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WANTED: Rain, rain, and more rain

This is the time of the year, moving into mid-June, when the importance of US weather on grain markets is paramount. Good weather, for the next 45 days, can translate into a very large corn crop, which is the big dog of all grains.  

The production of US corn is perhaps the greatest influence on the grain market, in general, as corn has the largest acreage planted of any US crop, and also has universal usage requirements including for food, fuel, and livestock feed.  So, as the corn market goes, often so goes the rest of the grain market.

Currently, we have a very early seeded crop that has started to develop some topsoil moisture shortages among key states (IA, MO, IND, ILL, OH).  

The lack of rainfall not only has depleted topsoil moisture levels, but the weather pattern of less-than-normal precip established the past five weeks is concerning for weather watchers.  While the early seeded crop has the potential for above average or even record yields, we need moisture to produce that bumper crop.  The next five days are forecast to be relatively dry for that region, but the 6-10 day and 8-14 day forecast turns wetter!  In fact, the forecast says not only will we be wet, but the warm temps will cool off to more moderate levels.  If that forecast is accurate, we could see a significant improvement in yield potential.  

But if that forecast changes in the next 5 days (and there will be 10 forecast updates during the 5 days, 2 per day), then the market could see significant upside potential.  

As is typical this time of year, the three market factors most important to watch the next 45 days are weather, weather, and you guessed it, weather! This is a most critical time period for corn, but it also sets the foundation for the US and Canadian HRS wheat crop as well as the start to the US soybean crop.  Its often said that July weather determines corn yields, while August determines soybean yields.  With a crop seeded 1-2 weeks early, we might even be able to move that up 10 days to 2 weeks.  

So, we are back to watching the skies for now.  Pro Ag yield models, so far, suggest a corn crop slightly above average or 'trend', a winter wheat crop that looks like it will be a record shattering yield (48.5 bu/acre vs. 47.6 currently forecast by the USDA), and a soybean crop that at least was off to an early start.  So, looking forward to the June USDA report, one thing we can forecast is that winter wheat yields will likely be hiked in the coming report, setting a somewhat negative tone for the June report.  There shouldn't be much information for corn and soybeans (perhaps some yield updates for SAM crops), but for the most part the June S/D report should be uneventful.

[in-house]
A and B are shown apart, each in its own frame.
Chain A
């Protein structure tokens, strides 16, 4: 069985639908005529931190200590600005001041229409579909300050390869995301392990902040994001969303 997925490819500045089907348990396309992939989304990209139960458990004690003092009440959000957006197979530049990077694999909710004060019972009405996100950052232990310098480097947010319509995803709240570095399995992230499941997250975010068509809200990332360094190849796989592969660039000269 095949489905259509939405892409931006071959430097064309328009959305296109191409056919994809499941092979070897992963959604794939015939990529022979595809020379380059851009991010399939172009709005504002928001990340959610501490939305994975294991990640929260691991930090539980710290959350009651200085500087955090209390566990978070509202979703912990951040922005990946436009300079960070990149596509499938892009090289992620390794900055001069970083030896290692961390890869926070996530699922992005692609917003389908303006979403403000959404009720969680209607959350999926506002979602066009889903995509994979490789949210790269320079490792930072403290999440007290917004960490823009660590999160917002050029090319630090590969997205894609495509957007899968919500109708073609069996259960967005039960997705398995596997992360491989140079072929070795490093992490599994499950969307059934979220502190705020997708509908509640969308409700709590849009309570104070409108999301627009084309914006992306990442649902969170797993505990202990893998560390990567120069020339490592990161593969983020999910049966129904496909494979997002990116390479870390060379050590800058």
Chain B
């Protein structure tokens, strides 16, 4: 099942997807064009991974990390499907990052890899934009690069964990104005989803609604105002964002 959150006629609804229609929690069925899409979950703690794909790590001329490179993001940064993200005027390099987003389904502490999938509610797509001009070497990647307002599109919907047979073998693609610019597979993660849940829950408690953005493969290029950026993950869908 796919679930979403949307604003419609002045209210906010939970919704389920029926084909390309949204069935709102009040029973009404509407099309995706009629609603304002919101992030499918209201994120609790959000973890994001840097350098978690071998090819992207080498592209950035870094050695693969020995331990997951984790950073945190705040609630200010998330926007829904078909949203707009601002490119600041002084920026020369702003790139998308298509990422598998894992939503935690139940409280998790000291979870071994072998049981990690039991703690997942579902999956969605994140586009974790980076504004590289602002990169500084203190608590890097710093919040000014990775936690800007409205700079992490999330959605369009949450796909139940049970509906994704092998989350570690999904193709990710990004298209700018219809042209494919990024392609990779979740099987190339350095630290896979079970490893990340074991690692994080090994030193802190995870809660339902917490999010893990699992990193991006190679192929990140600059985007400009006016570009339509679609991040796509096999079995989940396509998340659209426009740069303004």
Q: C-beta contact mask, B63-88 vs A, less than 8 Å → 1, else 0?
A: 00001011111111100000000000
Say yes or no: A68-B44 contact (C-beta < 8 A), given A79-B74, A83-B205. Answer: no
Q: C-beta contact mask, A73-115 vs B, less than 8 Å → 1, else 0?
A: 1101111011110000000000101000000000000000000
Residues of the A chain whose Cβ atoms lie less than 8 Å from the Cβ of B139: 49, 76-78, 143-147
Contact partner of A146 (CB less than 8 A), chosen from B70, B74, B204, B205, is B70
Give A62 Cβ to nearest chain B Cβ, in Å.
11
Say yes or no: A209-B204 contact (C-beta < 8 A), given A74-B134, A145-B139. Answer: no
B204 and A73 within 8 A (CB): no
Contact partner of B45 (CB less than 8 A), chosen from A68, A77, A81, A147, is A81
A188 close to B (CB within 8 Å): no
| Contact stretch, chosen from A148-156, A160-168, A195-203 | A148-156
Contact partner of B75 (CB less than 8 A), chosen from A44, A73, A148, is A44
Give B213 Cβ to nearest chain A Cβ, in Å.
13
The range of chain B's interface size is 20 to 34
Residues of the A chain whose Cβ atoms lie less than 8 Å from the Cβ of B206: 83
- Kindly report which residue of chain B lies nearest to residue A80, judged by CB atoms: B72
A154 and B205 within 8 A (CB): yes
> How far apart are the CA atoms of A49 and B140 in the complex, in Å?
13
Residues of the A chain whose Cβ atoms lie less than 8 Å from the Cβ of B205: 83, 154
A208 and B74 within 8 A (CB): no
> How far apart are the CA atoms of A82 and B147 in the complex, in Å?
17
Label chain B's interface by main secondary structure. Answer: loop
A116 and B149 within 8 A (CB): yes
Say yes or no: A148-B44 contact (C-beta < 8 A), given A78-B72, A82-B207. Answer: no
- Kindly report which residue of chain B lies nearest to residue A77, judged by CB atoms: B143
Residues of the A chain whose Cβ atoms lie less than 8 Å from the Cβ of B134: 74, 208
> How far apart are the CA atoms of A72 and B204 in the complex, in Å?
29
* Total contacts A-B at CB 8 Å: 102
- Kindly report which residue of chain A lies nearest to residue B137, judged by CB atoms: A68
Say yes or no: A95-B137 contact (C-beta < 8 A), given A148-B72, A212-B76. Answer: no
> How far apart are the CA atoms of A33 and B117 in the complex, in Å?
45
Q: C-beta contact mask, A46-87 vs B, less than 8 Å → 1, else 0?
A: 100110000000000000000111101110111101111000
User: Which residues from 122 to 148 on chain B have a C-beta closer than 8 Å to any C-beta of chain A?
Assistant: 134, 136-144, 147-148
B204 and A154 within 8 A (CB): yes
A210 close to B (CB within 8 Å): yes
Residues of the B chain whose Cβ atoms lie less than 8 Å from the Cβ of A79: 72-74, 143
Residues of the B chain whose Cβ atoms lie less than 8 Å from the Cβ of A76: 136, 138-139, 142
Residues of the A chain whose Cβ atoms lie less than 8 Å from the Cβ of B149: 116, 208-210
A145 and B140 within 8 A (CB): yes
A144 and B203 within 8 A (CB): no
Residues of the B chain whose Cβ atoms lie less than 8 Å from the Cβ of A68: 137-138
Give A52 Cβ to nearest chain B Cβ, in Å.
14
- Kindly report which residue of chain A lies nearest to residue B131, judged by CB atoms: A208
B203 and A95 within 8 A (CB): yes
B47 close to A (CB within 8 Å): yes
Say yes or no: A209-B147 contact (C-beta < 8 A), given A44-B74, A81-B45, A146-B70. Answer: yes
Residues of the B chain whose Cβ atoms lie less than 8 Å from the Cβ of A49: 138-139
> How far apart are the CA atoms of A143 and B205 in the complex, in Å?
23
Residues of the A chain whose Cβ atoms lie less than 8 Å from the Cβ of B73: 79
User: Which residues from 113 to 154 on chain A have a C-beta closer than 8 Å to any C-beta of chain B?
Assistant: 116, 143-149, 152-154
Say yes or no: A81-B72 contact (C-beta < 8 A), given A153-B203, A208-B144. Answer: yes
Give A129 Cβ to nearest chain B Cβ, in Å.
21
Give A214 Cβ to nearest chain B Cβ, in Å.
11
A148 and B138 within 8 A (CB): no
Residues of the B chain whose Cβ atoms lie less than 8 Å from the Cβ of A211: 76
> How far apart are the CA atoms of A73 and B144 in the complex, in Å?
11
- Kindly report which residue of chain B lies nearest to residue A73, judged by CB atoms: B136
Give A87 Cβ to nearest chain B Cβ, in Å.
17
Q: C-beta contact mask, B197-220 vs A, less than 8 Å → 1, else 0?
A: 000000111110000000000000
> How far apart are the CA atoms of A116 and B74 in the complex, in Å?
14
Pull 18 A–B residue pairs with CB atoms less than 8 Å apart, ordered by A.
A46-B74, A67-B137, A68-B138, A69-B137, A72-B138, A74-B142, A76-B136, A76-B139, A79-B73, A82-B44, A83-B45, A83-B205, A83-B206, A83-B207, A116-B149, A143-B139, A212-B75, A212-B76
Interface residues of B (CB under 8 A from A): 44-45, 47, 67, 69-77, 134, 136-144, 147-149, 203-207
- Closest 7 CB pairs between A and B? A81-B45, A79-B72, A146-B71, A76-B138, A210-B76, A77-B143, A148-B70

However, the June 30 acreage report could be a completely different story.  Pro Ag has been saying for months that the USDA March 30 acreage numbers were low for US crops by as much as 8 million acres, and finally there are other market analysts that are starting to agree.  You see, there just won't be any significant prevent planting acres in 2012, while in 2011 we had over 10 million prevent plant acres in the Dakotas/MN/MT alone.  With the anticipated hike in acreage, Pro Ag could foresee a situation where prices could be much lower in July and August than they are now.  Of course, it will take cooperative weather. If it doesn't rain, it doesn't matter how many acres you have planted! So, for now, the market is focused on weather, weather, weather.  But for one day in June, on the 30th, we will also be concerned with total planted acreage figures for 2012.  Be prepared, as this report could change the perception of the market, with a new paradigm possible in grain traders' minds compared to the previous report.  And that new paradigm may not be price-friendly.   

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The information contained, while not guaranteed as to accuracy or completeness, has been obtained from sources we believe to be reliable. The opinions and recommendations contained are based on our judgment and do not guarantee that profits will be achieved or that losses will not be incurred. Recommendations should not be construed as an offer to buy or sell commodities. 

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